Drilling into the data


I've written here before about how the natural gas glut has led to low prices which has led to a drilling drought in many Western regions. But even I was surprised when I received the latest numbers from the Colorado Oil & Gas Conservation Commission and saw that drilling in my state had slowed to levels not seen in a decade. The numbers confirm what we've suspected: The boom has busted in a way that goes deeper than mere post-recession blues.

Hoping to find out what more the numbers might tell us, I crunched them into a few graphs and partnered them up with some other statistics. This first one, to me, is the most telling. It compares the number of well starts -- the most accurate reflector of the on-the-ground picture -- with natural gas prices.

When presented this way, the correlation between natural gas prices and well starts becomes obvious. When the price goes up, drill rigs go up right alongside. When prices crash, as they did when demand plummeted during the Great Recession and then later when a bonanza of drilling in the East glutted the market with too much supply, the drill rigs come down, too. Which makes me really damned glad that I'm not a politician who must convince voters that I'm going to reduce energy prices and increase domestic drilling at the same time. The only way I can think of doing that is with subsidies. Try selling that to voters.

The only reason the well starts aren't down around zero this year in Colorado is because oil prices have been quite high for some time, and some parts of the state have recoverable crude, most notably Weld County.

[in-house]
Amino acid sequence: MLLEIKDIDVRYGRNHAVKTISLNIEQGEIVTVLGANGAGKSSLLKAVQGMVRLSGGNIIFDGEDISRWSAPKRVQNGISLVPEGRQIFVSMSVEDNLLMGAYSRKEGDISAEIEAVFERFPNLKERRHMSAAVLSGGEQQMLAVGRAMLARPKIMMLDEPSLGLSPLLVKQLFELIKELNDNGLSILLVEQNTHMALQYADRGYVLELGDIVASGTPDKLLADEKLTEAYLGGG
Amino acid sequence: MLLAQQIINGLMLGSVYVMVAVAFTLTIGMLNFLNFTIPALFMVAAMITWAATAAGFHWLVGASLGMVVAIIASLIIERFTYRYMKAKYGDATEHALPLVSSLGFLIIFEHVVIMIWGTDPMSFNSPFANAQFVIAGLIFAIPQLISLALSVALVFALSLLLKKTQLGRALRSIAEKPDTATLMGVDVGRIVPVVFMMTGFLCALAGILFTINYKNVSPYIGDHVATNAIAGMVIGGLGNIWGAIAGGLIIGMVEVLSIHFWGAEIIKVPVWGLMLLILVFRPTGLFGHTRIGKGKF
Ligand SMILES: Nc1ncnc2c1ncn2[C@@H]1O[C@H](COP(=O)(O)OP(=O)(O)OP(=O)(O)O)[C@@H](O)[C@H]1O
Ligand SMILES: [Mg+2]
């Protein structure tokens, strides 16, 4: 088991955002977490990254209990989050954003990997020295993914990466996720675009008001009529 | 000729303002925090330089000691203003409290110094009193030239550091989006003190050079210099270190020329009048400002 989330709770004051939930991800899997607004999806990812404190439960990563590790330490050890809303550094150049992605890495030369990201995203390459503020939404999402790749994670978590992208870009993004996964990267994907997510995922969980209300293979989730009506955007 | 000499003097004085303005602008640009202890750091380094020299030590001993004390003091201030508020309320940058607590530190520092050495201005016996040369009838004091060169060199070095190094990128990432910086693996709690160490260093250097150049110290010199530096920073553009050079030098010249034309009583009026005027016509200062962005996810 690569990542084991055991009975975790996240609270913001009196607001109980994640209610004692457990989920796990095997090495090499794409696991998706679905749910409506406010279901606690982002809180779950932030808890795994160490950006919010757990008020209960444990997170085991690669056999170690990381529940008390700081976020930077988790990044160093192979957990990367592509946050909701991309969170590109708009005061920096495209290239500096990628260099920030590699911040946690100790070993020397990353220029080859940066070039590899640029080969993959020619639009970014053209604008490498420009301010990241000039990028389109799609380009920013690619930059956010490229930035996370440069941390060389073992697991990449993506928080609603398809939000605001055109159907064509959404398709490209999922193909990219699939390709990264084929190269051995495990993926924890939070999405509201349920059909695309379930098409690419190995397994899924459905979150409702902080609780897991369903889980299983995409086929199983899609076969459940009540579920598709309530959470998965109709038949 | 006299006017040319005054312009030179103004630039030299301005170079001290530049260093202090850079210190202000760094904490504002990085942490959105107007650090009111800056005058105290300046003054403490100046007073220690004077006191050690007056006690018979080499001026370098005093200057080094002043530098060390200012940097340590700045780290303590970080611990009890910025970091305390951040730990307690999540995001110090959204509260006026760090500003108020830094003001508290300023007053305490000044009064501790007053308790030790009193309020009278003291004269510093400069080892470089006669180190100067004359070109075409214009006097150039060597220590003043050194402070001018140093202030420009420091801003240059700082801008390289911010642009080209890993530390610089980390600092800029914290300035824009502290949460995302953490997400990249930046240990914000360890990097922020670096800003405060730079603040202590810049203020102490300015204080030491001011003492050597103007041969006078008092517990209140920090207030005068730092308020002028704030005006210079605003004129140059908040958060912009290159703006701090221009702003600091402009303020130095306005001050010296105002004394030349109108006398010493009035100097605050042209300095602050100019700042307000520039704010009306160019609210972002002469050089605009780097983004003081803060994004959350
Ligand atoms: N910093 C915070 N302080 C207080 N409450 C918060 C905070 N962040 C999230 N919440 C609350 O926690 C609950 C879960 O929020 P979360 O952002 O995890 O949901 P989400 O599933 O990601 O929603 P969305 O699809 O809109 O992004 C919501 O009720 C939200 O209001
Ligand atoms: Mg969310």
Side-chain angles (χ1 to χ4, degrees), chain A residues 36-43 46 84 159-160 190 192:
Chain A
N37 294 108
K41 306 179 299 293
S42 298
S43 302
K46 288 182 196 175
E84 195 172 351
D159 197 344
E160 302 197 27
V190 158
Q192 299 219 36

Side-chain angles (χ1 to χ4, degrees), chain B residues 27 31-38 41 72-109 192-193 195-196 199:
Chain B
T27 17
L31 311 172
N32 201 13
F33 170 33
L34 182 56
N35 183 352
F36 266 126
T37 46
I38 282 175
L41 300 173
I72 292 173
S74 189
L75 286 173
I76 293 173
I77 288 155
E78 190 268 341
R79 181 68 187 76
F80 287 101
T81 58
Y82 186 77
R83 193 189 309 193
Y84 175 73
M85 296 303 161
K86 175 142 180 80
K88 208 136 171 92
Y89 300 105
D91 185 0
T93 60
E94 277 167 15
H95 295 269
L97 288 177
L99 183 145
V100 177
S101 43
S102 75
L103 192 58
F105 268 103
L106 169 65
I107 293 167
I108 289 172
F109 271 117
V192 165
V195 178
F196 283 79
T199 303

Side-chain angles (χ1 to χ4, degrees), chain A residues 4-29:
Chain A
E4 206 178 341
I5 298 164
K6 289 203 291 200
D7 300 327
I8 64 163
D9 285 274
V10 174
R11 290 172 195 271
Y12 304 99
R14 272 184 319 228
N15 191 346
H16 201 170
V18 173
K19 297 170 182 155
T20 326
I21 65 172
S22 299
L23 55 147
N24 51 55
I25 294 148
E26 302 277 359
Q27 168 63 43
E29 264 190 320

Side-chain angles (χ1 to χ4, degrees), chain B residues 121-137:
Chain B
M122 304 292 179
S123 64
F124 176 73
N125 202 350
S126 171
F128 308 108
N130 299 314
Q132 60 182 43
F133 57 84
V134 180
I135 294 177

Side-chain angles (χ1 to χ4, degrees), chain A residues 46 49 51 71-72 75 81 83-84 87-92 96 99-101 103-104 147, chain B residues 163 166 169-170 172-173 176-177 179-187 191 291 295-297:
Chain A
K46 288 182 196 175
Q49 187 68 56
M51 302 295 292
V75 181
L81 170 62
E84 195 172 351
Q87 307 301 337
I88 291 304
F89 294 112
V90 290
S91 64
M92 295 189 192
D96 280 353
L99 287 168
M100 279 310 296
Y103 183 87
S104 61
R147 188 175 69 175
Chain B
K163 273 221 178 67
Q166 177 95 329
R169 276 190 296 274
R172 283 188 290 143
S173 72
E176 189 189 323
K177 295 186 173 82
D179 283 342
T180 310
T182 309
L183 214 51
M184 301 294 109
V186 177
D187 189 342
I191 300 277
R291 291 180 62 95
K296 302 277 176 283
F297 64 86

As you can see, Weld County's drill rig decline has been relatively minor, and it makes up the bulk of the state's well starts. Garfield County is also hanging in there. Everyone else is struggling (or celebrating, depending on your perspective). Take La Plata County. Consistent levels of drilling over several decades into the abundant San Juan Basin field has made it one of the top producers of natural gas in Colorado. Now drilling has come to a virtual halt there because the geology hasn't proven itself to be oil producing: Last year La Plata produced just 36,000 barrels of oil, to Garfield's 2.5 million and Weld's 26 million.

And finally, my last and, to be honest, most baffling chart. We know that every new rig that goes up creates a bunch of jobs. So, during drilling boom times, unemployment should decline, and during bust times, it should shoot up. But check out this chart of Garfield County's unemployment rate over the years, graphed against its well starts. Garfield is the biggest energy boom county in the state (Weld County is big, too, but has plenty of other industries to dilute the effect of energy in the economy).


What?! I gotta say, this surprised me enough to prompt me to go back and triple-check the figures. Sure, between 2003 and 2007, unemployment dropped in inverse proportion to well-starts, as one would expect. But other than that, there seems to be no correlation at all (even in 2008, a record drilling year, unemployment climbed). What to make of this? One possibility is that all those rig workers come in from the outside, meaning they don't affect the unemployment rosters until they get laid off and decide to hang out in Garfield County and collect unemployment. The 2003-2007 unemployment dip may be an indirect effect of all these new folks in town, buying beer and gas and cars and maybe houses, too -- the drop correlates with the housing boom.